No (more) news at Balfour Beatty, no one dislikes Boris, and buying yourself a railway line to run around your mansion isn’t an insane overindulgence. Plus, the Scottish health secretary sets a bad example
Not on the phone
News that Nick Pollard’s role as Balfour Beatty UK construction chief executive had been shrunk - the major projects division no longer reports into him, leaving him with the firm’s M&E and regional construction businesses - was met with interest by those reading the Balfour tea leaves. The company stressed that this was not a demotion but a chance for him to focus more on the two divisions causing most concern. But, it was noted that Pollard, a regular on conference calls with analysts and journalists last year, did not feature on calls hosted by new chief executive Leo Quinn and outgoing financial director Duncan Magrath last week.
Not providing subtle hints
Former City of London planning officer Peter Rees has pulled few punches in his views on the role of mayor of London. Now a professor at University College London, Rees called for the post’s abolition in an Observer comment piece at the weekend, saying he favoured a borough-led approach to London’s development. Whether Ken Livingstone or Boris Johnson was his most loathed mayoral incumbent is not directly stated. Rees merely says: “Elected mayors love ‘trophy/vanity’ projects: a cross-river cable car that duplicates a tube line; a tourist garden posing as a bridge; another model of a custom-designed London bus - then make a quick escape to Uxbridge or Downing Street.” No clues there, then.
Not an overgrown child with a giant train set
Billionaire mobile phone magnate John Caudwell is building a narrow gauge railway around his Grade I listed Staffordshire pile, we learned this week. Caudwell - who founded the Phones4u shop chain, then sold it for £1.5bn eight years before it’s plunged into administration - is clearly a bit of a train fan. His charity Caudwell Children has previously taken Staffordshire and Cheshire youngsters to visit the Virgin Trains Academy in Crewe. Caudwell has obviously become tired of the uncertainty surrounding phase two of HS2, and opted instead for a more select network around his 11-hectare estate.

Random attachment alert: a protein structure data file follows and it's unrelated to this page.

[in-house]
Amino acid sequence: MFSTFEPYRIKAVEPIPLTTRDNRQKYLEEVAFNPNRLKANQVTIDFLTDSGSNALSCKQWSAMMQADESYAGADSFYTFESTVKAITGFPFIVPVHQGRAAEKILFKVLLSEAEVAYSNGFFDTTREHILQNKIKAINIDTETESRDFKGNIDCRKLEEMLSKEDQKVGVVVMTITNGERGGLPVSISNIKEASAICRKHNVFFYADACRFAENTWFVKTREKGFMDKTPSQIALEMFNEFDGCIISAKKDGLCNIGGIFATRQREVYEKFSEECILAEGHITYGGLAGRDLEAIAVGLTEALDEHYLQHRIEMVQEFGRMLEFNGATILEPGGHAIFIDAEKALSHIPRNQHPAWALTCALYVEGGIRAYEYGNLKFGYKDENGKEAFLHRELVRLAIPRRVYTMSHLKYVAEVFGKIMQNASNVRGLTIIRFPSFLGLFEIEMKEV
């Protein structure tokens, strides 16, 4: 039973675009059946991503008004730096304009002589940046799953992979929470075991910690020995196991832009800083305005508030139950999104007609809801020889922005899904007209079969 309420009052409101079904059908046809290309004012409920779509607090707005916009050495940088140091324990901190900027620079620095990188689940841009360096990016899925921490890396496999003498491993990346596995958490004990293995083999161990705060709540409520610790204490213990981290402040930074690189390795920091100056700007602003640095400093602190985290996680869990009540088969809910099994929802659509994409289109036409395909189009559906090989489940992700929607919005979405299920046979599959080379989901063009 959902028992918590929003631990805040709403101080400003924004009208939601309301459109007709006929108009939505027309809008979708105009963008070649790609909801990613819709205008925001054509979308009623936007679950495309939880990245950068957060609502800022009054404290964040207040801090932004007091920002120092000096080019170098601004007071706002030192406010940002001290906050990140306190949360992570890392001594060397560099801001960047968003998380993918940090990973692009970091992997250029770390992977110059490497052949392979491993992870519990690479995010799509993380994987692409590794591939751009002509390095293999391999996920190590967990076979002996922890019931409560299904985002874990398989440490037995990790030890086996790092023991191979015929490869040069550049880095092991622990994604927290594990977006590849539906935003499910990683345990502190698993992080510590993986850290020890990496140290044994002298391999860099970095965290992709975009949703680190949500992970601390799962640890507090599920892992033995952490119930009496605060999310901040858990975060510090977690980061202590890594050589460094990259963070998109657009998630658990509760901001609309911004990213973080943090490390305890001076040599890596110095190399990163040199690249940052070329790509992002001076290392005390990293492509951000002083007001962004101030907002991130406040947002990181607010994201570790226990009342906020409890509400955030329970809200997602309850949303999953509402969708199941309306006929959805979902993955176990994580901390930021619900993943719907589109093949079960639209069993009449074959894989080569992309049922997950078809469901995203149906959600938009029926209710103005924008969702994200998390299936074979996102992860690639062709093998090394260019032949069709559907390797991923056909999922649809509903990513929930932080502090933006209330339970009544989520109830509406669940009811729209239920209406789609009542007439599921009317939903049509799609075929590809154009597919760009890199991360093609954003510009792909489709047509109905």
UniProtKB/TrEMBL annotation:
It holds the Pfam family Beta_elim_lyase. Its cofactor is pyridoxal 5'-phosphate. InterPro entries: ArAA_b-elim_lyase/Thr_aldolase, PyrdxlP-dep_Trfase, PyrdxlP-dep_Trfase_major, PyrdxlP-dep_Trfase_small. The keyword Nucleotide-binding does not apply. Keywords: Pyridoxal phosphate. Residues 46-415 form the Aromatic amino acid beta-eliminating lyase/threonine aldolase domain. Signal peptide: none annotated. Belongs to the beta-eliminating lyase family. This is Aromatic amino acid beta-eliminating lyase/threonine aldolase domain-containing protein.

No one dodging inheritance tax
Building has received some interesting junk mail from a company of property finders extolling the use of the government’s soon-to-be enacted pension-pot reforms to buy London starter homes for one’s cash-strapped offspring. “Historically London property doubles in value every 7-10 years,” it professes. “If a parent bought their child a £500k property today, in 20 years, it could potentially be worth between £1m and £1.5m … if they didn’t buy and the child inherited the £500k in 20 years, they would then need an average salary of around £330k to afford the same property.” Seemingly sound logic. But with a pension pot tied up in non-revenue generating bricks and mortar, where does the cash for bingo and sherry come from?
No one expects the Spanish inquisition
There’s no need for an inquisition into women-in-property cycle group pedElle’s plans for a fund-raising ride this year: it’s a 450km trip across Spain from Bilbao to Madrid. The group announced its plans for the 10-13 June event earlier this week, along with an early doors call for registrations for the 35 places available. The Spanish run will be the group’s third annual two-wheeled odyssey, following last year’s Milan to Venice “Italian Job” and 2013’s inaugural London to Paris hop. Money raised goes to children’s charity Coram. More details and registration for the Spanish jaunt is available at www.cycle-to.org.
Living on the edge
The craze sweeping the nation’s politicians for donning construction gear and descending on a site for the day is also gripping Scotland, it seems. As this photo demonstrates, Scotland’s health secretary Shona Robison was obviously so keen for work to get under way on the Royal Edinburgh Hospital’s £48m new campus that she skipped the queue for hard hats and safety boots. While this personal protective equipment may in reality have been wholly unnecessary in what looks like an unhazardous grassy field, if the SNP learns nothing else from the main English parties, it has to be to go the whole hog when dressing as a construction worker.
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